February 14, 2023 - 7:30am

The current political fortunes of Germany’s Olaf Scholz and Italy’s Giorgia Meloni could not be more different. This weekend, Scholz’s SPD endured its worst ever result in Berlin, securing a meagre 18% of the vote (in joint second place with its national coalition partner, the Greens).

Meanwhile in Italy, the Right continues to make advances across the country. Exit polls in the nation’s two most populous regions indicate that the Right-wing Lega Party’s regional president is expected to be re-elected in Lombardy. Thanks in large part to the success of Meloni’s Fratelli d’Italia, the Right-wing coalition has strengthened its foothold here and expanded its reach further south. If the polls are correct, Lazio looks set to have its first Right-wing government in 10 years, with the insurgent centre-Right candidate smashing his nearest opponent by 20 percentage points. Overall, projections show that Fratelli d’Italia will have its best result ever in an Italian regional election.

Credit: EuropeElects

These results mark a clear stamp of approval for Fratelli D’Italia leader Giorgia Meloni. During her time in office, her personal approval rating has risen by nine points to 51%, commensurate with the rise in support for her Party too. 

Compare this to her EU partner. Olaf Scholz has spent nearly a year longer in office, but it is only in the last two months that his approval rating has plummeted by 20 points to 33%. Lingering fears about a recession, energy crisis and a long war in Ukraine have all contributed to a sense of disillusion with the German Chancellor and his Party, all of which crystallised in a surge in support for the rival CDU Party on Sunday. “A year is short when you have to deal with three simultaneous crises and a repeat election,” Berlin Mayor Franziska Giffey (SPD) said on the night of the election.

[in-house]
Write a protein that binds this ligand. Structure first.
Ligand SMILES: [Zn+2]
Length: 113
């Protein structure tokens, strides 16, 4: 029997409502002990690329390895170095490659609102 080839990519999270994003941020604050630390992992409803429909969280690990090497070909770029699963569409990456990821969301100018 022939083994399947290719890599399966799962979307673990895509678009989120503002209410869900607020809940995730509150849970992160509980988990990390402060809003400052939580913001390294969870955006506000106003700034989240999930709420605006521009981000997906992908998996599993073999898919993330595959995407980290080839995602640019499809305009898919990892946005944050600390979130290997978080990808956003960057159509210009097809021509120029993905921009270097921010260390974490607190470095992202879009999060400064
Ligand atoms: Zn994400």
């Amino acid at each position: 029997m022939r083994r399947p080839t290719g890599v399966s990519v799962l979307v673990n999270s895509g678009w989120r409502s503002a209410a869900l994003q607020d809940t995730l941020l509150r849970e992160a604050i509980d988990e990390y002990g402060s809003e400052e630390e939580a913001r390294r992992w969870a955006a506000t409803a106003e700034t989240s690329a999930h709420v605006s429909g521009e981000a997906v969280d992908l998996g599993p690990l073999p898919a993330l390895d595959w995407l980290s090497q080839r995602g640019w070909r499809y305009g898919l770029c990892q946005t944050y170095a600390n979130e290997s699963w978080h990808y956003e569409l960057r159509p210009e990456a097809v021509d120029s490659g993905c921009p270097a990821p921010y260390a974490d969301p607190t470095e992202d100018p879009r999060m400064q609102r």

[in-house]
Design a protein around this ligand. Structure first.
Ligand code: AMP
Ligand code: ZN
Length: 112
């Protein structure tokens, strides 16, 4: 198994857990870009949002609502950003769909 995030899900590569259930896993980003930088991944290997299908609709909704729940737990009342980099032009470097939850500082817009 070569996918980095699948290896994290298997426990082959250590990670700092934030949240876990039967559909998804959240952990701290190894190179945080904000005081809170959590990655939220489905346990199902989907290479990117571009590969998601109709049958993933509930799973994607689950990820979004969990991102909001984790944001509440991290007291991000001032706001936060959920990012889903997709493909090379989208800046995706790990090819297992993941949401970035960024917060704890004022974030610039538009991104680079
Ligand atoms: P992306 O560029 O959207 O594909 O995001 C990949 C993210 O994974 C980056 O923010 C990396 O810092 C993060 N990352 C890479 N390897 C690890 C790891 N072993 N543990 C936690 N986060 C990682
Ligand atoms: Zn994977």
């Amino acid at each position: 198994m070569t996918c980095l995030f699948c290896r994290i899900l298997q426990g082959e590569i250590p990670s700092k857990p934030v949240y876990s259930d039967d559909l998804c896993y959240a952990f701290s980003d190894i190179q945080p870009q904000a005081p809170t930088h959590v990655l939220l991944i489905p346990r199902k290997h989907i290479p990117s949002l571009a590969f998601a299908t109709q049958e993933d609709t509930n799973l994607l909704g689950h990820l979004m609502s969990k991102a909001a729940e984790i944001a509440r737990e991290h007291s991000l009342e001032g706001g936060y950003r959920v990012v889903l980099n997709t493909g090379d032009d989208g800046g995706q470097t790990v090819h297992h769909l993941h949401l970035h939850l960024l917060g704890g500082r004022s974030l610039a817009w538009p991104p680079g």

Credit: EuropeElects

As heads of coalition governments, both Meloni and Scholz have fought hard to maintain unity, particularly on Ukraine. Earlier this week, Meloni’s administration was forced to downplay comments made by Silvio Berlusconi in which he blamed Ukraine’s President for the invasion. But while Meloni’s coalition partners are more dovish on Russia, Scholz’s have proven to be much more hawkish, with the Greens frequently pushing Scholz to provide more military support to Ukraine. Against the backdrop of an increasingly war-weary public, it is perhaps no surprise that support for the Party has been steadily falling this year too.

Meloni may be frustrated with Italy’s diminished role around the EU negotiating table, but soon Scholz and Emmanuel Macron may have no choice but to welcome her back into the fold.

is UnHerd’s Newsroom editor.